[TriEmbed] AllPixel Project Documentation

Pete Soper pete at soper.us
Thu Aug 27 21:57:43 CDT 2015


One thing to keep in mind with this and nearly everything else on a 
Raspberry Pi is that your program can be preempted at any time. 
Literally in the middle of one of the Python statements control may be 
yanked away and given to another process, then passed back to finish 
that statement an indeterminate time later. Between device interrupts 
and processor scheduling ("time slicing") with background daemons, there 
is a blizzard of program interruption going on more or less randomly. 
Depending on the system load (or just plain chance) you may see this 
never or a lot or anything in between. So don't be surprised if the 
simple code from the Adafruit tutorial below puts out some very funky 
numbers occasionally (i.e. they're completely crazy with respect to what 
you know the sensor should be reporting). There are ways to make the 
code immune to these kinds of errors, but it adds complexity. A 
relatively accurate time reckoning scheme for Python on Linux is in 
"answer 54" on this page 
<http://stackoverflow.com/questions/231767/what-does-the-yield-keyword-do-in-python?rq=1>. 
I just confirmed this works fine on my regular Linux system and think it 
ought to work just as well on an RPI. One way to reject bogosity is to 
toss a number that represents an impossible change in sensor readings. 
That is, if you know the sensor can't be reporting a room temperature of 
70 degrees one moment and 90 degrees the next, you can toss the 90 
degree reading. But this adds complexity and it won't be long before you 
want to use an ADC chip. :-)

And concidentally, tonight at Splatspace Geoff Tattersfield facilitated 
a session about using an MCP3008 ADC chip with a Raspberry Pi using the 
SPI bus. Folks went through this Adafruit tutorial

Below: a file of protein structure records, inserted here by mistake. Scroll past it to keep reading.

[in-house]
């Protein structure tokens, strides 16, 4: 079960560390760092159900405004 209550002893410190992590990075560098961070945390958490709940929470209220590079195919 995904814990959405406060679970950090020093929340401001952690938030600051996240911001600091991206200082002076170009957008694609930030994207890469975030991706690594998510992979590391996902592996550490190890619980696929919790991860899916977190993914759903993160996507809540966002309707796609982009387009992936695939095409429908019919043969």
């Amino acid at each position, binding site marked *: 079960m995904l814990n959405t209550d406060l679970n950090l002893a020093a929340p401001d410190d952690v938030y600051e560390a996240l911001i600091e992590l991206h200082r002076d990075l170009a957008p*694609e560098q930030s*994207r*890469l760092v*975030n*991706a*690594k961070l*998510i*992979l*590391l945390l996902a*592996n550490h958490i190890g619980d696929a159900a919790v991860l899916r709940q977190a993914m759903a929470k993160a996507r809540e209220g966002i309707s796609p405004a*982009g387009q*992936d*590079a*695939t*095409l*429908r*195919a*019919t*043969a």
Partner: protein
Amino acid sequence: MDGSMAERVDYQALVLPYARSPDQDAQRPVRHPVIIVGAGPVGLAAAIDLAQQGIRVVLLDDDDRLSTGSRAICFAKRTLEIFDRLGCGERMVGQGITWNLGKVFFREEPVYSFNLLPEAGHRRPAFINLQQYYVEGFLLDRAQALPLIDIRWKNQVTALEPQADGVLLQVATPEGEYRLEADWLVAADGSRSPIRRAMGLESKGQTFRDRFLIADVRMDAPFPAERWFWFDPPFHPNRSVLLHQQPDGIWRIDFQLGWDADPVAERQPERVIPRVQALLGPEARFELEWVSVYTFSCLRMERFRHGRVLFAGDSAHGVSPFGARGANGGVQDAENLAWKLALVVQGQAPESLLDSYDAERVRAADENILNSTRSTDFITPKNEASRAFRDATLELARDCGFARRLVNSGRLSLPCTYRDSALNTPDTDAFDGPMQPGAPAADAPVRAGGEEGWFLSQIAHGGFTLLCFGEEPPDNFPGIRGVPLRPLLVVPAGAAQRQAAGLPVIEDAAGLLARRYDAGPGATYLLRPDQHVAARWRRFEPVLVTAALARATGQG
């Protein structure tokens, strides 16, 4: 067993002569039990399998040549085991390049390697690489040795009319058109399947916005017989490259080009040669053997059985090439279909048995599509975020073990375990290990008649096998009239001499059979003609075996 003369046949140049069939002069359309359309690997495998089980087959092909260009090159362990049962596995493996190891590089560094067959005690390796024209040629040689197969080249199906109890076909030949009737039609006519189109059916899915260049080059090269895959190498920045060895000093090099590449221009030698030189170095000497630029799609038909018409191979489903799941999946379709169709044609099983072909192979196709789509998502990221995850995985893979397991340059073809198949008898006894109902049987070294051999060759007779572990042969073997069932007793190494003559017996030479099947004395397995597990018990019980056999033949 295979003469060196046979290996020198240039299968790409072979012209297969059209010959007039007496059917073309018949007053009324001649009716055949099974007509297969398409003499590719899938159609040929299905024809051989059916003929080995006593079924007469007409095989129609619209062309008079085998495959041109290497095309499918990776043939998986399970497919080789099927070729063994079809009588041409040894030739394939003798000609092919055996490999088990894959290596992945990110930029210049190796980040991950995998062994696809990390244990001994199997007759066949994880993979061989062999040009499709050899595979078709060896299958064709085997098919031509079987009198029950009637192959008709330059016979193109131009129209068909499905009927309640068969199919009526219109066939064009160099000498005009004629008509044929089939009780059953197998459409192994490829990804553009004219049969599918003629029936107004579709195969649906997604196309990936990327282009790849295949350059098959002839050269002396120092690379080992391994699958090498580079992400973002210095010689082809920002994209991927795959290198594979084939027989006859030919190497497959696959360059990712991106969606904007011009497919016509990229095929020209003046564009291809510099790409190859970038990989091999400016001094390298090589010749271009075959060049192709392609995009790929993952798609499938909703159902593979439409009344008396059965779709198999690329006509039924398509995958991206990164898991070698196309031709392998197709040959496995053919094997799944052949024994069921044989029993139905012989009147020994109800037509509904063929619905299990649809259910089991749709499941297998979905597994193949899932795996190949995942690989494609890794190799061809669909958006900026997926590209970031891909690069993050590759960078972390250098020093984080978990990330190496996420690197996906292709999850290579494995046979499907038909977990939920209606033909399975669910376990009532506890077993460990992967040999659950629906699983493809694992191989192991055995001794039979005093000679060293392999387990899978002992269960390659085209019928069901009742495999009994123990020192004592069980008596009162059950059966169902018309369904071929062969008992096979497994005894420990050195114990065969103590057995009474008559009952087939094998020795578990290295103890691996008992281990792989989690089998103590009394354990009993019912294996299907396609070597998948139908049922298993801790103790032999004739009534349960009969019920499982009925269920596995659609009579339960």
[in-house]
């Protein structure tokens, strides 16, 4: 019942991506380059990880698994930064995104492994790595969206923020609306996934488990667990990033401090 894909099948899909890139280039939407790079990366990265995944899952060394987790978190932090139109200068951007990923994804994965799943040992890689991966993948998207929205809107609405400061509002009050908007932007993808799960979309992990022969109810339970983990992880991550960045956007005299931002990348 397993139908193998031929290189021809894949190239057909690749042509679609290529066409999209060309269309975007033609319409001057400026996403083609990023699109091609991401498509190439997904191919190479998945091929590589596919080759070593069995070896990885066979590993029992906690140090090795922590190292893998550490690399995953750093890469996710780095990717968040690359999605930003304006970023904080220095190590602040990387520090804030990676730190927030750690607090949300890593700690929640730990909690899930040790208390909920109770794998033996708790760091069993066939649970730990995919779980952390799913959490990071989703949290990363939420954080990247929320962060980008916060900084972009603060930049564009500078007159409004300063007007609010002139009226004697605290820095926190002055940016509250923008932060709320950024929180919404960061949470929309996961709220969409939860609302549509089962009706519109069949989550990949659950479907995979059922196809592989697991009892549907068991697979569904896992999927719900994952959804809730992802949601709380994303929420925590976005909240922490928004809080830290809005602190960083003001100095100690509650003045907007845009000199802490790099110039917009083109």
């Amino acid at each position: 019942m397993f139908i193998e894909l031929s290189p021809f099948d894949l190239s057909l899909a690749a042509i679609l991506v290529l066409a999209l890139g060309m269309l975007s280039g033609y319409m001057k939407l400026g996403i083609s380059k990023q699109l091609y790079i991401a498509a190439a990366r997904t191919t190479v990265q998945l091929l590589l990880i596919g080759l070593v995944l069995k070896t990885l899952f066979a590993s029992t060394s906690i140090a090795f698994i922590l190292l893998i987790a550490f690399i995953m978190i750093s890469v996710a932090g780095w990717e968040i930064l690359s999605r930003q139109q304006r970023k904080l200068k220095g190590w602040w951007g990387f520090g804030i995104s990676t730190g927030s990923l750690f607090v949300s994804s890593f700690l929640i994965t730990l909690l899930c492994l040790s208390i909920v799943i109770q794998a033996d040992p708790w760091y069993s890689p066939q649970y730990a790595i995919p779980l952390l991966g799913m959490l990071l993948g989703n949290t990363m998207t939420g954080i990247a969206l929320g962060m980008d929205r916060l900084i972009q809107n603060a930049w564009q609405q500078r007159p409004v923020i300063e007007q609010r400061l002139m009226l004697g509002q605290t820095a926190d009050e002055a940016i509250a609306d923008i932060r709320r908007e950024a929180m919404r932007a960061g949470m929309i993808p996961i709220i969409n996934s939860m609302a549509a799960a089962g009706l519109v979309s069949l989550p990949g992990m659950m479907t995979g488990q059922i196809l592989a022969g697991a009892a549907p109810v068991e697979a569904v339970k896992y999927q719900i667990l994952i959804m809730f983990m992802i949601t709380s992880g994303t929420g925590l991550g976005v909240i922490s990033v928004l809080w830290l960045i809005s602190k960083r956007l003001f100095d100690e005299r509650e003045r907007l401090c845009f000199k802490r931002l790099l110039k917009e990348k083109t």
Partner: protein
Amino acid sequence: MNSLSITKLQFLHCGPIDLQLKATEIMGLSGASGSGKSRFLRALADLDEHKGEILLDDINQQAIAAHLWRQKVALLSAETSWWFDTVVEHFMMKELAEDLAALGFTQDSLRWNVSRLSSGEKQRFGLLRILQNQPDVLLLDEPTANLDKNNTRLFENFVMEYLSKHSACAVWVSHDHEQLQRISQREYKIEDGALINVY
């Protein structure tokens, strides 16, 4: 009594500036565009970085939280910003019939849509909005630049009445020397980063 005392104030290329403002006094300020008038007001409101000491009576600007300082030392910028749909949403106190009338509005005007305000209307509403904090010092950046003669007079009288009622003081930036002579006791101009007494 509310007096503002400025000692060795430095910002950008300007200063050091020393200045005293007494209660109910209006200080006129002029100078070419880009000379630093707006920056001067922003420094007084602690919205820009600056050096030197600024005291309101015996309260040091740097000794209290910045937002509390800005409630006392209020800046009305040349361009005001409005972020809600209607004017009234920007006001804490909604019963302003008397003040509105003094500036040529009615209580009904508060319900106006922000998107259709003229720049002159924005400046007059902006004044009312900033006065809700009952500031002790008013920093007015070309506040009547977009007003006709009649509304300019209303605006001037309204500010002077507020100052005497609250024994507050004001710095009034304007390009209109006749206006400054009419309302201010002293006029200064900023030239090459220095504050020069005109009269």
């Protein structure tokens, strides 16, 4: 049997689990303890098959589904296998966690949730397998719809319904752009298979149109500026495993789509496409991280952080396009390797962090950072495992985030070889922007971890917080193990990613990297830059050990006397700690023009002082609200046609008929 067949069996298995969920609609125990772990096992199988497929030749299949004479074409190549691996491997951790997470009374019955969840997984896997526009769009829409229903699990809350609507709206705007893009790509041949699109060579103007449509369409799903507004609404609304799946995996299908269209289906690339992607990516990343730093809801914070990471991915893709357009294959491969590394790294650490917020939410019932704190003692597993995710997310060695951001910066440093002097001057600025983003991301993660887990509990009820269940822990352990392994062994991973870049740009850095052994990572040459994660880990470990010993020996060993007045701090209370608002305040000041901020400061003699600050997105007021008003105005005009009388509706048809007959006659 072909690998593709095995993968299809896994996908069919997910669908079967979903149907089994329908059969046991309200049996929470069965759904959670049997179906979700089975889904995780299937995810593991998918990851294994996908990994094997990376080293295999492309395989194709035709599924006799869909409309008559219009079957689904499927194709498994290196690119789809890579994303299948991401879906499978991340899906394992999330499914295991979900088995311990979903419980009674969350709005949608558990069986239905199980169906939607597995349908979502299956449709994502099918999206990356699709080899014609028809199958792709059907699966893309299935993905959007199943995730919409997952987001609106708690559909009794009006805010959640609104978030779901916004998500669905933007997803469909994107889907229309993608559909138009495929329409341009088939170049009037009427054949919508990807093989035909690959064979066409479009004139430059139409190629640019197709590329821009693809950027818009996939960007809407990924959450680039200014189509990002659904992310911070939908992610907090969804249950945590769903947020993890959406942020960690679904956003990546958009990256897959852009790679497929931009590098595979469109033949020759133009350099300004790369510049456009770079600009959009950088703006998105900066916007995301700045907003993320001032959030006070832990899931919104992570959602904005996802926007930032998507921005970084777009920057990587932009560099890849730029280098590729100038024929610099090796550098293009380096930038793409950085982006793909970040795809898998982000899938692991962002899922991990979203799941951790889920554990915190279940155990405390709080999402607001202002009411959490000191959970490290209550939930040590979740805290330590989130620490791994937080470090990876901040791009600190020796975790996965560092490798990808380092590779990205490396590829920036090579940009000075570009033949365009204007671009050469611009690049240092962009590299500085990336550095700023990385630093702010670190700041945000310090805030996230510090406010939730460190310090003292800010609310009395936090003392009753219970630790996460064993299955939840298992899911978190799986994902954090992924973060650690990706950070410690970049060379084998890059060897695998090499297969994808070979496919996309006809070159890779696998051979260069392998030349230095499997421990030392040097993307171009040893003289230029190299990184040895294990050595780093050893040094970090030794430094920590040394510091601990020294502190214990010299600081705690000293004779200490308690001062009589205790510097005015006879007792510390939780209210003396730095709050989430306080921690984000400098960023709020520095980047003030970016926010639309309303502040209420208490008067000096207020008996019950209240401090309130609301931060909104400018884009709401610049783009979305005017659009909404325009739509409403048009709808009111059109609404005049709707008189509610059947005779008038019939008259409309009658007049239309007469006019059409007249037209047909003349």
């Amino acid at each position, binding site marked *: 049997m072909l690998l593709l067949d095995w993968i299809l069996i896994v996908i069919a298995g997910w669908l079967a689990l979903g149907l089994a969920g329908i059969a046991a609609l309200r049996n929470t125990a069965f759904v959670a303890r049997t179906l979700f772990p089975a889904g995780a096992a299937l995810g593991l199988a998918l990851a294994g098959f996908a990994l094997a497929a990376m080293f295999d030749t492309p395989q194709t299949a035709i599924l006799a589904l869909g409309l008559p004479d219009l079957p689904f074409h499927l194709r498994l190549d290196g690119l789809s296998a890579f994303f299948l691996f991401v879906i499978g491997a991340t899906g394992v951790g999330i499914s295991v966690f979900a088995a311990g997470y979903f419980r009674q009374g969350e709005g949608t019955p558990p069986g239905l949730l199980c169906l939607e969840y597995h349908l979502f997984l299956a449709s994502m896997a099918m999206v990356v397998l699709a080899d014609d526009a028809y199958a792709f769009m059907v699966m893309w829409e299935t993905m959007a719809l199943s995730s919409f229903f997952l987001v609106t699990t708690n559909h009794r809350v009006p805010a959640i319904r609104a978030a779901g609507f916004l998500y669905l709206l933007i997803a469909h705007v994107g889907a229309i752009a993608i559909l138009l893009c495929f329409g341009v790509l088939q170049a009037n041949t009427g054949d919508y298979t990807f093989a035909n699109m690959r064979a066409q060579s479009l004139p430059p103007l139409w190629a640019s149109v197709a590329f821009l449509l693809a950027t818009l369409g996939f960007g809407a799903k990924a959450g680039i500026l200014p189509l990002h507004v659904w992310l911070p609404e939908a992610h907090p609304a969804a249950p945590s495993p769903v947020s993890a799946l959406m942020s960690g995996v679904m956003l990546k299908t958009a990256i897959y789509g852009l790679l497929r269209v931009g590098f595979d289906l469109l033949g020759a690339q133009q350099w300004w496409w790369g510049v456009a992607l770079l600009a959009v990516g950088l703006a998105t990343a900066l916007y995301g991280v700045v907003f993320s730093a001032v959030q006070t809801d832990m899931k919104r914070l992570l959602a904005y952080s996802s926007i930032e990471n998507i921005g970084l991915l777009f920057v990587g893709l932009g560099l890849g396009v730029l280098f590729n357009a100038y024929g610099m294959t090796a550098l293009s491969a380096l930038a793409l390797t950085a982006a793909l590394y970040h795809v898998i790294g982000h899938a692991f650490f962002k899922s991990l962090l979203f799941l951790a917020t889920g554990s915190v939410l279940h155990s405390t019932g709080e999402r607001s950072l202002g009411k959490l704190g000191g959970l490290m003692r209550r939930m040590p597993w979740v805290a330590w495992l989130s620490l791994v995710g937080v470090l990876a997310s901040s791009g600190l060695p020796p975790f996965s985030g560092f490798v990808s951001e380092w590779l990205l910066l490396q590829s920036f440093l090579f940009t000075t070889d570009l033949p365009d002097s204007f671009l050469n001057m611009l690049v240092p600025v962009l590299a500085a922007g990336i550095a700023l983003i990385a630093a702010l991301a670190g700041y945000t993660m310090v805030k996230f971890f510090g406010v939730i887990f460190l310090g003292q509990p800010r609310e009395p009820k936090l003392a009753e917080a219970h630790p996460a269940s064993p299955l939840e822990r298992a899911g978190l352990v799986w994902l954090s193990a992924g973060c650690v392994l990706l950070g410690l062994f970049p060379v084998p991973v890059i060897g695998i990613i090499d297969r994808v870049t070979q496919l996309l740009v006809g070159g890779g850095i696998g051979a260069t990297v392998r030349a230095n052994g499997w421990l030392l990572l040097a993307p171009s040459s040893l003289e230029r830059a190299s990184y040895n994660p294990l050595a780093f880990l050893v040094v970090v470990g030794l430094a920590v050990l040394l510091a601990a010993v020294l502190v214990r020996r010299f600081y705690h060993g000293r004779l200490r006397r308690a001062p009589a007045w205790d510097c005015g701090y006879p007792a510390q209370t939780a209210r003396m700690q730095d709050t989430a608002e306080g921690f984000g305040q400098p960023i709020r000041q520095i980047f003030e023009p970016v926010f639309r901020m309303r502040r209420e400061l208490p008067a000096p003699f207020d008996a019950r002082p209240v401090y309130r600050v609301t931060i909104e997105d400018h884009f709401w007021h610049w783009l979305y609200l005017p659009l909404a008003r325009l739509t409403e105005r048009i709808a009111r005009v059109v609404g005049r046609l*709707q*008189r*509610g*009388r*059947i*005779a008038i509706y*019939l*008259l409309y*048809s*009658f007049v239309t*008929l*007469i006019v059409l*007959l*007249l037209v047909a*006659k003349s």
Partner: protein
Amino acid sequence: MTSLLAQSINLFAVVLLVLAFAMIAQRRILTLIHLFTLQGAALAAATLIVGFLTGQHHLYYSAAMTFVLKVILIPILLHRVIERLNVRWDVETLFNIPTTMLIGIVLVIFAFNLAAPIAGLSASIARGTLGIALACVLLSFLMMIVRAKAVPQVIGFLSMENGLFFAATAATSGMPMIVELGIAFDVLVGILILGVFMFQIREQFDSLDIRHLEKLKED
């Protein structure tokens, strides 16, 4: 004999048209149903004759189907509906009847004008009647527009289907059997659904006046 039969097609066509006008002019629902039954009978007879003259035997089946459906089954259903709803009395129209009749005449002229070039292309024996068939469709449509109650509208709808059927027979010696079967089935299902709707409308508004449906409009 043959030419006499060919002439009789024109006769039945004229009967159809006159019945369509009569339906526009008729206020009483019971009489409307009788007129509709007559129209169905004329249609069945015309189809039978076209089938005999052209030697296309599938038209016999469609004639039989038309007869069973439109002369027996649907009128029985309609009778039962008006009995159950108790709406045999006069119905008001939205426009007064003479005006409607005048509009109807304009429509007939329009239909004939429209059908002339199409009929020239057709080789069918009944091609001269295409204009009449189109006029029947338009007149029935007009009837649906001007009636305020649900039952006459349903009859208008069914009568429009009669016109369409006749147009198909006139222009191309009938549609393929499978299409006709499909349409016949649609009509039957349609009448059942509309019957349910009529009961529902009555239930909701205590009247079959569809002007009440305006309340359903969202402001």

<https://learn.adafruit.com/reading-a-analog-in-and-controlling-audio-volume-with-the-raspberry-pi>.

-Pete

On 08/27/2015 09:32 PM, dan via TriEmbed wrote:
> I love it! And a very nice write-up too :) I'm definitely a fan of 
> using the lights to show different kinds of information (weather, 
> time, scores, etc.) I really like your weather display. Maybe you 
> could have chasing blue lights when it's going to rain, hehe.
>
> As a hardware nerd, I especially like the photoresistor RC timing 
> trick. I'd have never thought of that, but it makes perfect sense. 
> I'll have to keep that in mind for other projects :)
>
> For those curious, the adafruit article Chip linked to explains how 
> you can read restive sensors (like a photocell) using a Raspberry Pi's 
> GPIO pins without needing an external Analog-to-Digital converter 
> module. For simple sensors, this would be a great way to interface 
> them to the Pi on the cheap.
>
> https://learn.adafruit.com/basic-resistor-sensor-reading-on-raspberry-pi/how-it-works
>
> Thanks very much for sharing! Please keep us up to date if/when you 
> make any changes/additions!
>
> -Dan
>
>
>
> On Thu, Aug 27, 2015 at 7:24 PM, Charles McClelland via TriEmbed 
> <triembed at triembed.org <mailto:triembed at triembed.org>> wrote:
>
>     All,
>
>     From the last meeting, here
>     <https://www.hackster.io/chipmc/awesome-led-entertainment-center> is
>     the documentation for my Entertainment Center LED Geek makeover. 
>     Comments and suggestions are welcome but please be kind as this is
>     my first time programming in Python.
>
>     Thanks,
>
>     Chip
>
>
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